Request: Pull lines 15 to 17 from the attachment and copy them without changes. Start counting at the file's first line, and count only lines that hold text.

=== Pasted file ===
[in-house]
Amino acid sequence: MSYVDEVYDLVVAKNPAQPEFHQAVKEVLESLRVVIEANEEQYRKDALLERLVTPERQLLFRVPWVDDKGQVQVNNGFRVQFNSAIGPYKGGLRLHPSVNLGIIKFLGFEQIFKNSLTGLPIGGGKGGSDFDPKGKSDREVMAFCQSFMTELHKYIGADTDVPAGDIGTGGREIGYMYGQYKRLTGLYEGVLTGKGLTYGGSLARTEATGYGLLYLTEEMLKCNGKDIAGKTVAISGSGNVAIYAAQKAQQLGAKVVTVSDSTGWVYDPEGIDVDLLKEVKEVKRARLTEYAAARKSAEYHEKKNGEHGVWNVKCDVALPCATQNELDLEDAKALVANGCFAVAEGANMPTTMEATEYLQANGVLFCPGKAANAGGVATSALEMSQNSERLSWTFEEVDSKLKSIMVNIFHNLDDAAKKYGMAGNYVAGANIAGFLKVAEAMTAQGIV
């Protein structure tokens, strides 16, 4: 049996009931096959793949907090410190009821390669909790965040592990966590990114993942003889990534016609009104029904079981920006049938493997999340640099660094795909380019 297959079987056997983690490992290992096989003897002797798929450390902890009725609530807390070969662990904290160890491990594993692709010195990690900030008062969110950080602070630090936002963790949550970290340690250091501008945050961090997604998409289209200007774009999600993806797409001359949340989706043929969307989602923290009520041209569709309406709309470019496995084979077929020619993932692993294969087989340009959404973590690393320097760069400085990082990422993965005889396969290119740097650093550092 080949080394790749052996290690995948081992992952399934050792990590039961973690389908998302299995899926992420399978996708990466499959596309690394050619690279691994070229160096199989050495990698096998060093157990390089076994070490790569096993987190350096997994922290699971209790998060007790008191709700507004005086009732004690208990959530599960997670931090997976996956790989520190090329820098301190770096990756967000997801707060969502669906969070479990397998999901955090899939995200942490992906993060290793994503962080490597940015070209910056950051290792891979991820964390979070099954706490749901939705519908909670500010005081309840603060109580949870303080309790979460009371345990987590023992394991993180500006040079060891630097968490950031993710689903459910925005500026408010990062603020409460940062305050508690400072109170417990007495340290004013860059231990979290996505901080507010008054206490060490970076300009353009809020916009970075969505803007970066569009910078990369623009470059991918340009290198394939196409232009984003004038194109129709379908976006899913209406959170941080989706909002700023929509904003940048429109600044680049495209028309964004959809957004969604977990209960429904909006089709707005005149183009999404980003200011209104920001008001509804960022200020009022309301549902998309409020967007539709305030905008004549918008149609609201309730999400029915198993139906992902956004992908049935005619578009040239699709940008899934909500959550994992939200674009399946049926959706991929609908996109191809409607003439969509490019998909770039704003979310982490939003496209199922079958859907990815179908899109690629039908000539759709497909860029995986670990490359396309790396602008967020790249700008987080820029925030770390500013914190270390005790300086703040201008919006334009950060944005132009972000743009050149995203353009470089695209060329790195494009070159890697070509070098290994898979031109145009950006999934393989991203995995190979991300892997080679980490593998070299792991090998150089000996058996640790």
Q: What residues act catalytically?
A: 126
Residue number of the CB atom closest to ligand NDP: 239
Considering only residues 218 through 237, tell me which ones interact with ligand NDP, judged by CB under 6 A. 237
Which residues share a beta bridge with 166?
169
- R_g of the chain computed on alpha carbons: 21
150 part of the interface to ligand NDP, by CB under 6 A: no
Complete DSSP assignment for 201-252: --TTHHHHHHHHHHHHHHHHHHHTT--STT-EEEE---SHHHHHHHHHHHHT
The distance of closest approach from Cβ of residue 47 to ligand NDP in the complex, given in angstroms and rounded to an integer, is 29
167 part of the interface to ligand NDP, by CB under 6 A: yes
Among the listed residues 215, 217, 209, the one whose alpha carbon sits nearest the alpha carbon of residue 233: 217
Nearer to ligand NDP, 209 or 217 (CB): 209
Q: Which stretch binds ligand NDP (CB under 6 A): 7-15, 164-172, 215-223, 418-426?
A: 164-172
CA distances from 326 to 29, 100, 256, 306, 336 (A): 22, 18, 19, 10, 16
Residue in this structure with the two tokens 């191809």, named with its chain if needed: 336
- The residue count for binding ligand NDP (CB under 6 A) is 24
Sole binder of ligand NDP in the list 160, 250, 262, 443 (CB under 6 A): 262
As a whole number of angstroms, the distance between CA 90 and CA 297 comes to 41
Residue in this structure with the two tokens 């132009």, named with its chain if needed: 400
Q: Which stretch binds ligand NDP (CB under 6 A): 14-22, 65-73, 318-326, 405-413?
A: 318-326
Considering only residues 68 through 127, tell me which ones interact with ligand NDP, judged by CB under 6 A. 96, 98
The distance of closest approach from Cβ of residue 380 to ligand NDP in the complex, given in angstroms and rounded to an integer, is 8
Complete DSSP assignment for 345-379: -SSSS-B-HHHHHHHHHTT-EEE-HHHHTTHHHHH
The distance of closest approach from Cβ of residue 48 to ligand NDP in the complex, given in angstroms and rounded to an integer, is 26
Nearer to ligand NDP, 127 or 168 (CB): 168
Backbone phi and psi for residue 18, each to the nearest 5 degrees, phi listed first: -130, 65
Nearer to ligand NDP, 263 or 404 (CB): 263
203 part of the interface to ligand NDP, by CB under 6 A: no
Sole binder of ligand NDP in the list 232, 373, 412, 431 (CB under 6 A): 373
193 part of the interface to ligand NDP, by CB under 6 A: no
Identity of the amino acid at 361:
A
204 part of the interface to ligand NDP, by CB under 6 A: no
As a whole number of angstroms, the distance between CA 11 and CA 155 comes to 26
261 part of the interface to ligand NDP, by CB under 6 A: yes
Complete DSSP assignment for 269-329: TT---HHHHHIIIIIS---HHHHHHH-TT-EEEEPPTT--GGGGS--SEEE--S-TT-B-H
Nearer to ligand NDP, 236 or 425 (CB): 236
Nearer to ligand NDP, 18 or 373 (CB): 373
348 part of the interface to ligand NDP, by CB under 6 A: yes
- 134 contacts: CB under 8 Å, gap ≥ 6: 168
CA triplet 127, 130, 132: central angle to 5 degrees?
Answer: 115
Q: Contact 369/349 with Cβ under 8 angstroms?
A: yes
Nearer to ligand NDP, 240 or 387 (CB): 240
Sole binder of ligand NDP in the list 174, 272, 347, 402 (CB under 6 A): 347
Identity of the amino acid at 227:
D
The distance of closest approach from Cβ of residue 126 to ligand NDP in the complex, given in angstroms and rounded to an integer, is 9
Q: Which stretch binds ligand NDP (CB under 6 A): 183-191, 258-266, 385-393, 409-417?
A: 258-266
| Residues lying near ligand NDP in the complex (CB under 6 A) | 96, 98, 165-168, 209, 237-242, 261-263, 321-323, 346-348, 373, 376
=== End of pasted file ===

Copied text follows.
Among the listed residues 215, 217, 209, the one whose alpha carbon sits nearest the alpha carbon of residue 233: 217
Nearer to ligand NDP, 209 or 217 (CB): 209
Q: Which stretch binds ligand NDP (CB under 6 A): 7-15, 164-172, 215-223, 418-426?